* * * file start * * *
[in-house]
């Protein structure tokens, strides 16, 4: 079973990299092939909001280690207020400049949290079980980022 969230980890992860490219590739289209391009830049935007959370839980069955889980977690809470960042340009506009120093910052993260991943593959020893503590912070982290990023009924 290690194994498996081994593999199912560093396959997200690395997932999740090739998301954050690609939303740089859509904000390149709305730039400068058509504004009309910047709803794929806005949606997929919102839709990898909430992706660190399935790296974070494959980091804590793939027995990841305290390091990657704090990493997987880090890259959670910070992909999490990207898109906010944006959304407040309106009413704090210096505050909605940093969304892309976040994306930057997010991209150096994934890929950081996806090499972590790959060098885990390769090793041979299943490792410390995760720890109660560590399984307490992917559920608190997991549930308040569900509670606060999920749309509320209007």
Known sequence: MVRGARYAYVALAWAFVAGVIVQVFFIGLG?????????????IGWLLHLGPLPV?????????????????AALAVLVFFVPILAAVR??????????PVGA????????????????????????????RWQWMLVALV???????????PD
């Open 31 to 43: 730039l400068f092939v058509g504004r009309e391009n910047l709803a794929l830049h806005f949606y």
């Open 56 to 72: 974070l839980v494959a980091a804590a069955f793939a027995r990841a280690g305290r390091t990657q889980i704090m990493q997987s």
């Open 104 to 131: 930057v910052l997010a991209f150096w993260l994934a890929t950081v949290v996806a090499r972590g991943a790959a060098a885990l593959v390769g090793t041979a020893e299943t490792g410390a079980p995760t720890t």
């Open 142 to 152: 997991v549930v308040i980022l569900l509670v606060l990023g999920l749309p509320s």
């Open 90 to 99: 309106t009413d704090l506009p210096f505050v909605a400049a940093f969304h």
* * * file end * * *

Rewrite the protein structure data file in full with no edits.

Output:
[in-house]
């Protein structure tokens, strides 16, 4: 079973990299092939909001280690207020400049949290079980980022 969230980890992860490219590739289209391009830049935007959370839980069955889980977690809470960042340009506009120093910052993260991943593959020893503590912070982290990023009924 290690194994498996081994593999199912560093396959997200690395997932999740090739998301954050690609939303740089859509904000390149709305730039400068058509504004009309910047709803794929806005949606997929919102839709990898909430992706660190399935790296974070494959980091804590793939027995990841305290390091990657704090990493997987880090890259959670910070992909999490990207898109906010944006959304407040309106009413704090210096505050909605940093969304892309976040994306930057997010991209150096994934890929950081996806090499972590790959060098885990390769090793041979299943490792410390995760720890109660560590399984307490992917559920608190997991549930308040569900509670606060999920749309509320209007």
Known sequence: MVRGARYAYVALAWAFVAGVIVQVFFIGLG?????????????IGWLLHLGPLPV?????????????????AALAVLVFFVPILAAVR??????????PVGA????????????????????????????RWQWMLVALV???????????PD
């Open 31 to 43: 730039l400068f092939v058509g504004r009309e391009n910047l709803a794929l830049h806005f949606y």
């Open 56 to 72: 974070l839980v494959a980091a804590a069955f793939a027995r990841a280690g305290r390091t990657q889980i704090m990493q997987s």
């Open 104 to 131: 930057v910052l997010a991209f150096w993260l994934a890929t950081v949290v996806a090499r972590g991943a790959a060098a885990l593959v390769g090793t041979a020893e299943t490792g410390a079980p995760t720890t």
């Open 142 to 152: 997991v549930v308040i980022l569900l509670v606060l990023g999920l749309p509320s």
């Open 90 to 99: 309106t009413d704090l506009p210096f505050v909605a400049a940093f969304h």